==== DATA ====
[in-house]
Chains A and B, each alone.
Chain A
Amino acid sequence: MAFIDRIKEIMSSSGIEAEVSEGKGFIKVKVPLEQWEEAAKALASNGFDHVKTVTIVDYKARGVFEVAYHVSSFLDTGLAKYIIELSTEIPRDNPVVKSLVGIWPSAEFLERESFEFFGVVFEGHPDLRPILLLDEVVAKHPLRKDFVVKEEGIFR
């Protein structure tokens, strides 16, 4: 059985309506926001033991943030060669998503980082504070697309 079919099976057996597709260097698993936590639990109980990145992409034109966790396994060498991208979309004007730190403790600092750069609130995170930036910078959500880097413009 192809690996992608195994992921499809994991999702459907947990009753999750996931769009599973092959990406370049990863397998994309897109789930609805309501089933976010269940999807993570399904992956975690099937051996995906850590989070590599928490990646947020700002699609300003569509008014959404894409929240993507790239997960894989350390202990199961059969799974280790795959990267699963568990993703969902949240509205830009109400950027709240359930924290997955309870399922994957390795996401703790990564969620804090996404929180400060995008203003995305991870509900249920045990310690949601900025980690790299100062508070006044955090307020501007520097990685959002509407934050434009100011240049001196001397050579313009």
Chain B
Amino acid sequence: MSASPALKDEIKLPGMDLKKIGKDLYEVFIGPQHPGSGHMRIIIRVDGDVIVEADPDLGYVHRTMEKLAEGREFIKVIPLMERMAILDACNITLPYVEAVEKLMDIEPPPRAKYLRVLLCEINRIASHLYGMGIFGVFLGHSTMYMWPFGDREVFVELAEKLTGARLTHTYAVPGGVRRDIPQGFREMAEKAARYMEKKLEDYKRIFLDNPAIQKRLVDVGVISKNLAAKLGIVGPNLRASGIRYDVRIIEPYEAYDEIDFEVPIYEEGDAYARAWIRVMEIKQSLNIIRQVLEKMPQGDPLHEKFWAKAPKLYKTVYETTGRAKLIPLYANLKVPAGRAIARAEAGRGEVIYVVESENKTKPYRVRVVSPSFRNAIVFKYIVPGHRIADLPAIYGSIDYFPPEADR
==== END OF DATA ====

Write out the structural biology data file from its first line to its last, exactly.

[in-house]
Chains A and B, each alone.
Chain A
Amino acid sequence: MAFIDRIKEIMSSSGIEAEVSEGKGFIKVKVPLEQWEEAAKALASNGFDHVKTVTIVDYKARGVFEVAYHVSSFLDTGLAKYIIELSTEIPRDNPVVKSLVGIWPSAEFLERESFEFFGVVFEGHPDLRPILLLDEVVAKHPLRKDFVVKEEGIFR
């Protein structure tokens, strides 16, 4: 059985309506926001033991943030060669998503980082504070697309 079919099976057996597709260097698993936590639990109980990145992409034109966790396994060498991208979309004007730190403790600092750069609130995170930036910078959500880097413009 192809690996992608195994992921499809994991999702459907947990009753999750996931769009599973092959990406370049990863397998994309897109789930609805309501089933976010269940999807993570399904992956975690099937051996995906850590989070590599928490990646947020700002699609300003569509008014959404894409929240993507790239997960894989350390202990199961059969799974280790795959990267699963568990993703969902949240509205830009109400950027709240359930924290997955309870399922994957390795996401703790990564969620804090996404929180400060995008203003995305991870509900249920045990310690949601900025980690790299100062508070006044955090307020501007520097990685959002509407934050434009100011240049001196001397050579313009």
Chain B
Amino acid sequence: MSASPALKDEIKLPGMDLKKIGKDLYEVFIGPQHPGSGHMRIIIRVDGDVIVEADPDLGYVHRTMEKLAEGREFIKVIPLMERMAILDACNITLPYVEAVEKLMDIEPPPRAKYLRVLLCEINRIASHLYGMGIFGVFLGHSTMYMWPFGDREVFVELAEKLTGARLTHTYAVPGGVRRDIPQGFREMAEKAARYMEKKLEDYKRIFLDNPAIQKRLVDVGVISKNLAAKLGIVGPNLRASGIRYDVRIIEPYEAYDEIDFEVPIYEEGDAYARAWIRVMEIKQSLNIIRQVLEKMPQGDPLHEKFWAKAPKLYKTVYETTGRAKLIPLYANLKVPAGRAIARAEAGRGEVIYVVESENKTKPYRVRVVSPSFRNAIVFKYIVPGHRIADLPAIYGSIDYFPPEADR